International Society for Science & Religion - Library Project

On Physics and Philosophy

by Bernard d'Espagnat

Introductory Essay by George Ellis

Our views of the nature of reality have been profoundly challenged by the development of quantum physics. This counter-intuitive theory of the nature of the very small relates to the “ground of things” – the nature of the material reality that underlies our physical existence. Through the uncertainty principle, quantum duality, and the concept of entanglement, quantum theory has undermined any simple view of reality in a way that is deeply unsettling and has major philosophical implications. What if any physical reality is left to us in the aftermath of this conceptual change? Views on this theme have potential implications for our views on the nature of existence which, of course, has been a longtime spiritual and theological concern.  

Bernard D'Espagnat is a deep-thinking quantum physicist who won the 2009 Templeton Prize for his work which acknowledges that science cannot fully explain the nature of being. His key philosophical idea is “veiled realism”, which acknowledges the hidden nature of physical reality on the one hand, but on the other insists that there is indeed an objective reality in existence despite the ambiguities in our interaction with it that are highlighted by quantum theory.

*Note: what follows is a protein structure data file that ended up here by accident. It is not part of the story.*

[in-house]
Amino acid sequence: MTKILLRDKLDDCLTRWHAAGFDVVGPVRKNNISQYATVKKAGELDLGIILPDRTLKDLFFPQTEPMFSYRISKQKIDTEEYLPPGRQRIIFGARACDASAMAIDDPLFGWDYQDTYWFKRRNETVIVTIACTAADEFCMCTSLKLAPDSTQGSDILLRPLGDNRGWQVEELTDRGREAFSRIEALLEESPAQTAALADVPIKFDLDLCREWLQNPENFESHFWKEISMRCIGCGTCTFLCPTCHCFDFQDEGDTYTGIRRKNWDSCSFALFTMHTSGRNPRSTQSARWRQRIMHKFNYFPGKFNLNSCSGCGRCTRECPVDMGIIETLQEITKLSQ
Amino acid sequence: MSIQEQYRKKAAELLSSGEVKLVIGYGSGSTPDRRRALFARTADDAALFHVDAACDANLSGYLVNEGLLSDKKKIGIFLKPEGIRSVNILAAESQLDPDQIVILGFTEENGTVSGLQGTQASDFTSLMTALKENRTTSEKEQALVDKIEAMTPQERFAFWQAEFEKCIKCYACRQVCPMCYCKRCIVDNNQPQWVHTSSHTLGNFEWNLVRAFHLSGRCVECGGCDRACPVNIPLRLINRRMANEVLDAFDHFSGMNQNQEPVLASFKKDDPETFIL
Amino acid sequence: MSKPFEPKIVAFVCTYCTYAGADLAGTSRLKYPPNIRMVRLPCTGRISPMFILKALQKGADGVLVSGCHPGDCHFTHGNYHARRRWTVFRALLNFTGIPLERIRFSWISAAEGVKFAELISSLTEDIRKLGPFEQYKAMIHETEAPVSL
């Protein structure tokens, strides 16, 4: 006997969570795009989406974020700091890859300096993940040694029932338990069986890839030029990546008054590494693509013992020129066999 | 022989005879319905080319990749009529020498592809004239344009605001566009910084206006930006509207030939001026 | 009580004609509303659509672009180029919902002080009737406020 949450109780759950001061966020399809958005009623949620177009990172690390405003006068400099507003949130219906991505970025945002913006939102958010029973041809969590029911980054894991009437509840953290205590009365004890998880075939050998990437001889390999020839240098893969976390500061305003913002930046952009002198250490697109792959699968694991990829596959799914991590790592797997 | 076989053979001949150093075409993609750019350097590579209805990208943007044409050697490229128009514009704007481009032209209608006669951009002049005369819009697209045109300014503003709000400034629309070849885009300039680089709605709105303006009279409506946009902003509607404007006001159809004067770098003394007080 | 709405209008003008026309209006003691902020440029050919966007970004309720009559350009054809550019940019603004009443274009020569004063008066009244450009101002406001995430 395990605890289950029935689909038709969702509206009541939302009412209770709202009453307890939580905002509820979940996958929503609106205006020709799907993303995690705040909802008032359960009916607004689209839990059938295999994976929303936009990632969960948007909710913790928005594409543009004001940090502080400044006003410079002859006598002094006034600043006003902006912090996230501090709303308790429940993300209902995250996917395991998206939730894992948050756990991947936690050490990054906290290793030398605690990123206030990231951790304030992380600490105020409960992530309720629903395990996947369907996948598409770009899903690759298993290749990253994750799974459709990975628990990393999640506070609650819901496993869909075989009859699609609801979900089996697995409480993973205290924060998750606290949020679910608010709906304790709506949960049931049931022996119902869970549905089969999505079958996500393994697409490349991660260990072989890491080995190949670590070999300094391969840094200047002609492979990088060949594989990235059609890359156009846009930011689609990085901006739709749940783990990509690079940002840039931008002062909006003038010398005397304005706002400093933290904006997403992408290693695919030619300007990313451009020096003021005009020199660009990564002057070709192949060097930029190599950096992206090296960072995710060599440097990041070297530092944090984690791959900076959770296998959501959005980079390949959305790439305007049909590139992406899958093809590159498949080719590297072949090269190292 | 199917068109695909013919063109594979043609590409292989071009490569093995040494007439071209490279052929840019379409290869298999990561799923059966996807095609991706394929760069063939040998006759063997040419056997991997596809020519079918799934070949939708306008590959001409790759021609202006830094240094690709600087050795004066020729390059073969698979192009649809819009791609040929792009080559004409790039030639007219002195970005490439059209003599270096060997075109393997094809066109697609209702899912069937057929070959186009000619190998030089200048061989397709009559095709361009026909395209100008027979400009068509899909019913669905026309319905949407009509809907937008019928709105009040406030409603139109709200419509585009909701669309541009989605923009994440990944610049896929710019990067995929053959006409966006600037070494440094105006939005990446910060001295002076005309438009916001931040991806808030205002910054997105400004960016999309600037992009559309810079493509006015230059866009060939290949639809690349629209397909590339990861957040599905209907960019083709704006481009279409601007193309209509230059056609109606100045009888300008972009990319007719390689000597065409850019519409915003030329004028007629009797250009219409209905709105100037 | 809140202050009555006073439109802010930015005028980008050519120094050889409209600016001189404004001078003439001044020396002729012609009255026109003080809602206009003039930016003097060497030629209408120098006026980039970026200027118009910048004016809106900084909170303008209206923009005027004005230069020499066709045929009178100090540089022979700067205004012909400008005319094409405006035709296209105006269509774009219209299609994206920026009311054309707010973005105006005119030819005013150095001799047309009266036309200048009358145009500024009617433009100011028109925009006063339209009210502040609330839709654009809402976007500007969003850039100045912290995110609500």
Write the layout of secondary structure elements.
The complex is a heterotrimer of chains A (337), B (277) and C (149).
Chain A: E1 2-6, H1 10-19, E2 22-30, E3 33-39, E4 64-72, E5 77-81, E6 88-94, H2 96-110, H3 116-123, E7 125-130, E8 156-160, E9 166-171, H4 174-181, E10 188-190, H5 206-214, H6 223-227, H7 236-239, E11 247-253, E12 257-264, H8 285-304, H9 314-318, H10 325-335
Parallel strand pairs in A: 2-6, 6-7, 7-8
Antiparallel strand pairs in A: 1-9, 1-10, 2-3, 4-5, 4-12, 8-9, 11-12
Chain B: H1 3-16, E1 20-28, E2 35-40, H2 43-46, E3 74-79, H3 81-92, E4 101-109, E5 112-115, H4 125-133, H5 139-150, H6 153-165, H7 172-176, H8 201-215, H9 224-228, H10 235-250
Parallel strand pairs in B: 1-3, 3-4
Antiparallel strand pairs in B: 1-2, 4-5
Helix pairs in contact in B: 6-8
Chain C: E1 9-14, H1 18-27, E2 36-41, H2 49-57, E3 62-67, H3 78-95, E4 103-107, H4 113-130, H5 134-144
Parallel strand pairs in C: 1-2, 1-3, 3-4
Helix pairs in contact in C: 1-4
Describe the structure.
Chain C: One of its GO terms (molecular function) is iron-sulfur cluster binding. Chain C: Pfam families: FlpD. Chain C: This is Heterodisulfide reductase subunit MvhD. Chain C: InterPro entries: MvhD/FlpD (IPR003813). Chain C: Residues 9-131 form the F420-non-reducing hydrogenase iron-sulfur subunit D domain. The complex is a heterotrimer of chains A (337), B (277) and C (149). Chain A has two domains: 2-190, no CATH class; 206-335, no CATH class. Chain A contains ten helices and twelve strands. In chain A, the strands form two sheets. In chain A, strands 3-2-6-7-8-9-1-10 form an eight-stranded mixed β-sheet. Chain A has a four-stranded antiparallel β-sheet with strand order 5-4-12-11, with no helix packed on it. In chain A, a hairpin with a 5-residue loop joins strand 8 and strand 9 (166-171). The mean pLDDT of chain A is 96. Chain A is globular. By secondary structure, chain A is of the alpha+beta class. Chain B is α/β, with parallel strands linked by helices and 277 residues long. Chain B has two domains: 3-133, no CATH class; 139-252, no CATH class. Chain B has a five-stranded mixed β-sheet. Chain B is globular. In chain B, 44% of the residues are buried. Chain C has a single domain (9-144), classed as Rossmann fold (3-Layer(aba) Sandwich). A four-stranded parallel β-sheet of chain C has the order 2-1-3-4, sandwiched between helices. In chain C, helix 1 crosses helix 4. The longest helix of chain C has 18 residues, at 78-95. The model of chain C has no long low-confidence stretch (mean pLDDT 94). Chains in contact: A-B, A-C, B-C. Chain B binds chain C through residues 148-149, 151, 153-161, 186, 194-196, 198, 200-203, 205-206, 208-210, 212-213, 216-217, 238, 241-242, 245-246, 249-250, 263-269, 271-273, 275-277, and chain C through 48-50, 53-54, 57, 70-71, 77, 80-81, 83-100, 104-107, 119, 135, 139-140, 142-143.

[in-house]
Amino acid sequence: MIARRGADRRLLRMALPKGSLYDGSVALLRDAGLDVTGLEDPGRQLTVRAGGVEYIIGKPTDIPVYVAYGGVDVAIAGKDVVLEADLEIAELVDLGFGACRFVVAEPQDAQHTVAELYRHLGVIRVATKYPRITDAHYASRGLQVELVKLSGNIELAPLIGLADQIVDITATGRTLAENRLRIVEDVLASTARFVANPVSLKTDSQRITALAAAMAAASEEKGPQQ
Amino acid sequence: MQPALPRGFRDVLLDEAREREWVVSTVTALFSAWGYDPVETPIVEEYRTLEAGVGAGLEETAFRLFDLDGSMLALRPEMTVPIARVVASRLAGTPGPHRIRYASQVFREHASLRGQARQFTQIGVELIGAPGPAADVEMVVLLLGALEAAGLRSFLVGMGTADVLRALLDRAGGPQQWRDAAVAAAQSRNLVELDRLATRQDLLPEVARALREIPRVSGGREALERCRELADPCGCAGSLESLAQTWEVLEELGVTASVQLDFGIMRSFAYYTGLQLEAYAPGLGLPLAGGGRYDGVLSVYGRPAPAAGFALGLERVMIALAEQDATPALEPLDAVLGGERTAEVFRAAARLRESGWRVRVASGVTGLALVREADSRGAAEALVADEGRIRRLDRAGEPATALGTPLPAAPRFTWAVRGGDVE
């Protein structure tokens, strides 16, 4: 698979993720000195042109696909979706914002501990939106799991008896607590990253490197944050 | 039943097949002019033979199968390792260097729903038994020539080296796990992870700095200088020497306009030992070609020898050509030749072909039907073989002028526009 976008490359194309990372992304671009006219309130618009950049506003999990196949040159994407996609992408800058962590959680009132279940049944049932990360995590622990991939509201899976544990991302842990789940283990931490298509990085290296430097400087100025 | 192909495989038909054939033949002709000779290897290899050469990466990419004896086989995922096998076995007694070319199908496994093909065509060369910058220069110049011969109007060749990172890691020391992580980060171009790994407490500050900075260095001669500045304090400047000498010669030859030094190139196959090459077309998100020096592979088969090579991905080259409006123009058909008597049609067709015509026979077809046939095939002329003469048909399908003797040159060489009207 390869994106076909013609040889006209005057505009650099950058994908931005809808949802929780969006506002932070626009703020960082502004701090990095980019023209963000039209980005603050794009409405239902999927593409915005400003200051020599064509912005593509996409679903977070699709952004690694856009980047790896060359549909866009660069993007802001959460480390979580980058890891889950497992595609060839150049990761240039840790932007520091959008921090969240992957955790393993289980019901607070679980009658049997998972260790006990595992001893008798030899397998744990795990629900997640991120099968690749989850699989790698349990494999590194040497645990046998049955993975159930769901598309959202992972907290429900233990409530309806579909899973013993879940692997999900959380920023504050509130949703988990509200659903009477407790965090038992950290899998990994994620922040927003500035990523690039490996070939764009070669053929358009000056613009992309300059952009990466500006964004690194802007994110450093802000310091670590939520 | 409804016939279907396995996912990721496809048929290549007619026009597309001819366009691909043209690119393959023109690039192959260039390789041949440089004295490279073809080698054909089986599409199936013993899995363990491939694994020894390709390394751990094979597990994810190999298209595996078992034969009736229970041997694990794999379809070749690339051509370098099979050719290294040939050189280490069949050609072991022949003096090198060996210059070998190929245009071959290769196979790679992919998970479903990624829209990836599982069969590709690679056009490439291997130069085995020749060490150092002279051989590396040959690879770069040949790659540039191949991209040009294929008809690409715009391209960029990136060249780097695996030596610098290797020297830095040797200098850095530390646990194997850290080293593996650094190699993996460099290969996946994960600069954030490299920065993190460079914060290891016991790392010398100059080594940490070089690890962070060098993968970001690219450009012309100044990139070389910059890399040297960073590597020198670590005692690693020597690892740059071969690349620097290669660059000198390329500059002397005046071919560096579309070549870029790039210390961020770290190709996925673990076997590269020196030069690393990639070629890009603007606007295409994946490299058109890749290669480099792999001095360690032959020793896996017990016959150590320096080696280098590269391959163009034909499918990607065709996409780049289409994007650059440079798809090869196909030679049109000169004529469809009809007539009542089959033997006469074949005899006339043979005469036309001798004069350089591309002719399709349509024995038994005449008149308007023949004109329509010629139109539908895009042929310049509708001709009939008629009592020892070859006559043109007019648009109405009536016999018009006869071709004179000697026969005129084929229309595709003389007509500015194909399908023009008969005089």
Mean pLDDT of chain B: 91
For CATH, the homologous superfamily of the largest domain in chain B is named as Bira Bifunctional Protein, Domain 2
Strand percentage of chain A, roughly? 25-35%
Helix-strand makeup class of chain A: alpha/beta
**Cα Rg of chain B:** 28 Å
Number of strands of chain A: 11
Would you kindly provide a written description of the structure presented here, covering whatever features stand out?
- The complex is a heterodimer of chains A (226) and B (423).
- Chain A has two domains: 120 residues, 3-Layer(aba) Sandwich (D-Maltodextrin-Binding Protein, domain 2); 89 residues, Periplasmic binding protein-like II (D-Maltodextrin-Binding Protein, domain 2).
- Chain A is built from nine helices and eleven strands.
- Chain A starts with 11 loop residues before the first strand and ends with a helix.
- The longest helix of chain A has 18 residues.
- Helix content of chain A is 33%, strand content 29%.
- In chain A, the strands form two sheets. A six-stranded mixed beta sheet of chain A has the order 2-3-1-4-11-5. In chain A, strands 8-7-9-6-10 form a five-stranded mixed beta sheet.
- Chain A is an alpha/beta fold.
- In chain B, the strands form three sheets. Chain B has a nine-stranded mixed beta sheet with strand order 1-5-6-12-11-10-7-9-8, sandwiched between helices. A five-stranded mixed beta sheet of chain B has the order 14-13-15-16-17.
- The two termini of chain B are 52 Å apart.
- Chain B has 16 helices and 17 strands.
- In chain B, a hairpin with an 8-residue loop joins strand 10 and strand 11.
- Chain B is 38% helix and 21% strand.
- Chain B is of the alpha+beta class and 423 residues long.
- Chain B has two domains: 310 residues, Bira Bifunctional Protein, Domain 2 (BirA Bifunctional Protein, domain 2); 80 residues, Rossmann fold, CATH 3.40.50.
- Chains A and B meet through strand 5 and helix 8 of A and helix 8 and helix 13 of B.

This book carefully lays out the grounds for his view in a systematic text that avoids mathematics but does not shrink from the central puzzles raised by quantum theory about the nature of existence. The thorough and systematic nature of the text may make it heavy work. The reader may struggle to keep track of the overall argument in the midst of the details of the development, so it is worth noting that the core of the Veiled Reality hypothesis is laid out in pages 236 to 241. Essentially the previous chapters lay the ground for making this hypothesis,based in the quantum feature of non-separability and tested via Bell’s theorem.

The second part of the book develops its philosophical implications, looking at the various forms of materialism, the nature of explanation, and the nature of mind. Chapter 17 defends the author’s view against various criticisms. The climax of the book, in the last two chapters, develops the relation between objects and consciousness, on the one hand, and concepts of the ground of things on the other. Here, the author revisits the idea of veiled reality in light of all that has gone before.   

Following the detailed argument will take considerable dedication. The reward will be a clear understanding of some of the most mysterious aspects of physical reality. The book’s blurb summarizes D’Espanat’s thought as follows: “His overall conclusion is that while the physical implications of quantum theory suggest that scientific knowledge will never truly describe mind-independent reality, the notion of such an ultimate reality – one we can never access directly or rationally, and which he calls `veiled reality’ – remains conceptually necessary nonetheless.”